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The Finest in Crime and Suspense Short Fiction

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The Perfect Holiday Gift

Holidays and crime go well together because they offer such clear contrasts. Holidays are not only times of celebration, but also of well-ordered customs, rituals, and traditions. Against such a backdrop, the disorder and chaos of crime stand out all the more clearly—and crime’s resolution, with its restoration of order, is all the more satisfying. Our new issue features a bounty of stories adding a dark piquancy to the seasonal cheer.

The holidays regularly bring together extended families for a festive, if sometimes fraught, meal, and Steve Hockensmith captures the angst that arises when one young adult graduates to “The Grown-ups’ Table.” In John M. Floyd’s “Going the Distance,” a freak snowstorm in Mississippi strands an elderly man in his truck on the road, but for a mystery writer and a local sheriff, the details of the incident don’t compute. And for one cop and mother, a child’s familiar ritual echoes the lengths to which she must go to catch a serial killer, in Tara Laskowski’s “The Tooth Fairy.”

We are pleased to offer readers the gift of three writers new to our pages. “Ignatius Rum-and-Cola” by Andrew Welsh-Huggins is set at a Loyola mission and school on a Native reservation, where resentment and distrust run deep. A math teacher with a sideline gig as a P.I. steps into the fray to help a colleague in “Murder, with Resignation” by Ken Linn. And a retired cop turned community volunteer finds herself in the midst of a murder investigation when she spots her knitted craftwork on the hands of a victim in “The Mittens” by Marcelle Dubé.

Meanwhile, Tom Larsen’s unorthodox Ecuadoran police captain is out of his league with a case of art theft in “El Comandante y El Artista.” Matthew Wilson returns with “Elvis Duty,” a procedural set in Germany in the late fifties when the mega-star is stationed there. A private investigator goes undercover to expose corporate malfeasance in “Imperfect Data” by Bob Tippee. And when a vacationing photographer is asked to document a crime scene at a lake, he is pulled into a miasma of greed in a sleepy tourist town in Floyd Sullivan’s “Dead Man’s Shoe.”

Rounding out the issue, two aging antiwar radicals must live with the consequences of their youthful acts in Eric Rutter’s “The Price,” and Gigi Vernon returns with a medieval historical as the crippled knight Thibaut tries to protect a beautiful Jewish moneylender from false accusations in “For All His Worth.”

So as you can see, it is with only the best intentions that AHMM offers you murder and mayhem this holiday season.

Get your copy now!


Dead Man’s Shoe
by Floyd Sullivan

The cottage doorbell rang at about ten thirty in the morning as I sat at the small kitchen table downloading images from my camera to my laptop. The soft, dull gong surprised me because first, I wasn’t aware that the tiny house on Keuka Lake had a bell, and second, I didn’t know anyone within hundreds of miles. That’s why I had driven over twelve hours to New York’s Finger Lakes in the first place. To be alone. Annoyed, I stood and went to the front door, letting the transfer of the large, hi-res photographs continue without my supervision.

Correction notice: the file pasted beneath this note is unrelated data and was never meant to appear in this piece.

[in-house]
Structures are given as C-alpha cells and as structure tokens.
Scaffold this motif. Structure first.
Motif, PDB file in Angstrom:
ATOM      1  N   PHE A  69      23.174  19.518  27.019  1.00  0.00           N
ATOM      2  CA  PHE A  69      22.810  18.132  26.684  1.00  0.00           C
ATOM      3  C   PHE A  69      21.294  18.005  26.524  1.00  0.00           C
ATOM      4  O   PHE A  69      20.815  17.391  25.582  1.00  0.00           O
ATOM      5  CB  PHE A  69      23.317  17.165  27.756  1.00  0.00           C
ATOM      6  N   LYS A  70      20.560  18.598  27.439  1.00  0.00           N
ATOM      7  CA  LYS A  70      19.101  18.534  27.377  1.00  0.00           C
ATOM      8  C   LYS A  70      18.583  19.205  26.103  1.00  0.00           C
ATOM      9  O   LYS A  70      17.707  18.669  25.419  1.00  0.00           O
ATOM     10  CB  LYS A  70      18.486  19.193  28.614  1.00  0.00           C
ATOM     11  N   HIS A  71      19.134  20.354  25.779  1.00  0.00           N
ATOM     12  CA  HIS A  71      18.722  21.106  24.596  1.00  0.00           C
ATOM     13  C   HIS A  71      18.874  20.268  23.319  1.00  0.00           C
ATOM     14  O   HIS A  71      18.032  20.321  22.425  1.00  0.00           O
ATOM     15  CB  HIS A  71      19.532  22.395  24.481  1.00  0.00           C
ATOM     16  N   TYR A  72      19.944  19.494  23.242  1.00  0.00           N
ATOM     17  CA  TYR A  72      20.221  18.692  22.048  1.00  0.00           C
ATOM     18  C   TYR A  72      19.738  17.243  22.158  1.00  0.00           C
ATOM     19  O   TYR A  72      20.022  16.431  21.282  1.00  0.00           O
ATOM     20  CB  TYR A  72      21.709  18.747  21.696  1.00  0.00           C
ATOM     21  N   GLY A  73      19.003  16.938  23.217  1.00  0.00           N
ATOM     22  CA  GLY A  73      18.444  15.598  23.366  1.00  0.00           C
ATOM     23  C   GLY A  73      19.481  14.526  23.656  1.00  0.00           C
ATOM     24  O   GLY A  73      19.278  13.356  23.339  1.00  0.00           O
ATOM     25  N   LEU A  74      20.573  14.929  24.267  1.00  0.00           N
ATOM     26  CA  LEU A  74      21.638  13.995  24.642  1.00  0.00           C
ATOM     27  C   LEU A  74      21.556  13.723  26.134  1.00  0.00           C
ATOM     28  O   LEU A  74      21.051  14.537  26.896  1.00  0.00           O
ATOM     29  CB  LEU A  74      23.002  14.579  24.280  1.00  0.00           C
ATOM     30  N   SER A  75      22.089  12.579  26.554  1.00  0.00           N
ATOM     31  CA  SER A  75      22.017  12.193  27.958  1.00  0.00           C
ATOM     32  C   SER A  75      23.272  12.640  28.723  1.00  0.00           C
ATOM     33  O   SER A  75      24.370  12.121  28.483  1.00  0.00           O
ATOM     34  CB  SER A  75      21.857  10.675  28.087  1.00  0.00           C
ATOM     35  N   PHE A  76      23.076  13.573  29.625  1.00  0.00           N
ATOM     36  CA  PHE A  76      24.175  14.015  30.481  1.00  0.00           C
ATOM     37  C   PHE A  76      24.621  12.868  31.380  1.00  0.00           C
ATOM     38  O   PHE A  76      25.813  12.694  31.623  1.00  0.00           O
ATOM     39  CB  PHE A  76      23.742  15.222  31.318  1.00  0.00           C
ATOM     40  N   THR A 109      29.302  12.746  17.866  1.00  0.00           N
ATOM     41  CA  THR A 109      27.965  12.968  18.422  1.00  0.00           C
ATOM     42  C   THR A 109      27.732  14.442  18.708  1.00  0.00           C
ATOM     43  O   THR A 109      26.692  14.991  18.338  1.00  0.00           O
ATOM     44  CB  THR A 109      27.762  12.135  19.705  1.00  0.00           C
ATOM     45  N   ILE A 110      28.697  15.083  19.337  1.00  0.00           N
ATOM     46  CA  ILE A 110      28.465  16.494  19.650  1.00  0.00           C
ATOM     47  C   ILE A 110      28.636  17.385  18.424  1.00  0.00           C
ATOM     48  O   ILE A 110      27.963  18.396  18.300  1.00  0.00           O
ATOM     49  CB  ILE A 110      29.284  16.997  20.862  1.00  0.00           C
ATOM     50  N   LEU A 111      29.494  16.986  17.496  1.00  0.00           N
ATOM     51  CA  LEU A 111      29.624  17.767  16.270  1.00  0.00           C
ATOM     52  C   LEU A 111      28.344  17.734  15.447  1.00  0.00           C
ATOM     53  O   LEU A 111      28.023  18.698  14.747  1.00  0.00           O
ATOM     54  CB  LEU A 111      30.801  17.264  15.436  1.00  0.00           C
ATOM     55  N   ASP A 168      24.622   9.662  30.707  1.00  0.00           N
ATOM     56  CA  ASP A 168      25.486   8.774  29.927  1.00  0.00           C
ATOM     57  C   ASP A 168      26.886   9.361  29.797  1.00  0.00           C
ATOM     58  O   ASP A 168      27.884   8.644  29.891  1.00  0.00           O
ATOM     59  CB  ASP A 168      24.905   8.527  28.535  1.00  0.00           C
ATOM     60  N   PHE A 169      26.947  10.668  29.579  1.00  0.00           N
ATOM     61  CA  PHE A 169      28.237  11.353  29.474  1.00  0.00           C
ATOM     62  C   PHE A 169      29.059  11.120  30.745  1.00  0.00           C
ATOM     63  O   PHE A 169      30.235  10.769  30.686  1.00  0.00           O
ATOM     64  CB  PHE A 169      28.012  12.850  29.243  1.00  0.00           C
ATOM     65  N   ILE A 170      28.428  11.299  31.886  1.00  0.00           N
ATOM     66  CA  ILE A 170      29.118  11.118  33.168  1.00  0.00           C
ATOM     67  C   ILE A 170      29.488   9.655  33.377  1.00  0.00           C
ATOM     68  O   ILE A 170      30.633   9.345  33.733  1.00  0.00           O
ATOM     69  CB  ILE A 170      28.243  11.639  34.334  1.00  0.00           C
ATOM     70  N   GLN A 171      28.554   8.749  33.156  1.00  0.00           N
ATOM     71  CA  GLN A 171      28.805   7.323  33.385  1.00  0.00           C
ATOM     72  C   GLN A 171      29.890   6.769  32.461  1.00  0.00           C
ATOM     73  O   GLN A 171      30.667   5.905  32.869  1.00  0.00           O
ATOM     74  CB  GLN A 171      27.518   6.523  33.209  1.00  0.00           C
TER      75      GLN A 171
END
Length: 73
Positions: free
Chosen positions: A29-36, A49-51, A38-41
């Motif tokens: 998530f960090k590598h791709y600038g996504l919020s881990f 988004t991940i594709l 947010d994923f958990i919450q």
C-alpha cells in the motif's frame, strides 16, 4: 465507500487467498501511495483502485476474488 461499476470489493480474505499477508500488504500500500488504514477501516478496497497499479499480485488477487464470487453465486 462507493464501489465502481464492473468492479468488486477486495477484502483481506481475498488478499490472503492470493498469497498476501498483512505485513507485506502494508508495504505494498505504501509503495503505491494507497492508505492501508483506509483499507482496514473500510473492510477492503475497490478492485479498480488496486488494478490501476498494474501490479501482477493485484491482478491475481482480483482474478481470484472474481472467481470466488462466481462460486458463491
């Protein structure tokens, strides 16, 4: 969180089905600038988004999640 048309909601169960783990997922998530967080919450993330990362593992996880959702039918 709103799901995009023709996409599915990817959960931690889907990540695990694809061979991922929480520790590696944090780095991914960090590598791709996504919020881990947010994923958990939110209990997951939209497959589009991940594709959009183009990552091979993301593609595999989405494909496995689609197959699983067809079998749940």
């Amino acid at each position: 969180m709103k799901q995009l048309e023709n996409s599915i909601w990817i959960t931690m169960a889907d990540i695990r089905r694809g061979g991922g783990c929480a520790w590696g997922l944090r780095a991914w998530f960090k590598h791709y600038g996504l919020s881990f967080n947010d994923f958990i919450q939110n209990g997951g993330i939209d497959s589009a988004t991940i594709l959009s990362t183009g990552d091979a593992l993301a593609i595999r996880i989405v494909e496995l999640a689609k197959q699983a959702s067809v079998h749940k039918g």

Two men, one tall, thin, and elderly and the other young and of average height and weight, stood on the porch. They wore identical black uniform shirts with seven-point brass star badges pinned above the left pocket flaps, matching black ties that almost disappeared into their shirts, and black baseball caps with Yates Country Sheriff Department patches above the bills. The older officer’s wardrobe was crisply pressed, his tie perfectly knotted between the points of his razor sharp collar. The younger officer’s shirt hadn’t been ironed recently. READ MORE

The Price
by Eric Rutter

It starts when Jane says, “I’ve been thinking about turning myself in.”

I say “starts,” but this isn’t the first time she’s said that. She’s done it I don’t know how many times over the years. Usually it’s just out of the blue, like this time: We’re driving home from the farmer’s market on a Saturday morning and she just blurts it out. Her tone says she’s been thinking about it a while.

I don’t say anything, I just drive. Sometimes she drops it if I don’t respond. Other times we’ve talked it through, sometimes at length but never really seriously. Just, you know, letting her get it out of her system. But there’s that tone in her voice this time. I can tell she’s not going to drop it. So I’m not surprised when she looks over at me and says, “Ever since last year.” READ MORE


Booked & Printed
by Laurel Flores Fantauzzo

Romance can linger long past the life of a relationship. When the time of togetherness ends, memories can propel a lover into endless internal investigations of what went right and what went wrong. Unexpected reunions can confirm, or overthrow, a searching heart’s assumptions. This month, Booked and Printed finds two protagonists confronted by past partners, experiencing encounters that could yield new discoveries, awaken old hurts, or set new flames. READ MORE

Mysterious Photograph

We give a prize of $25 to the person who invents the best mystery story (in 250 words or less, and be sure to include a crime) based on the photograph provided in each issue. The story will be printed in a future issue. READ THIS ISSUE’S WINNING STORY

Dying Words
Acrostic puzzle by Arlene Fisher

Solve the clues to reveal an interesting observation about an author and their work! Shh! Puzzle updated with every new issue. CURRENT ISSUE’S PUZZLE

Scrambled Dalgliesh
by Mark Lagasse

Unscramble the letters of each numbered entry to spell the name of a famous sleuth. MOST RECENT PUZZLE

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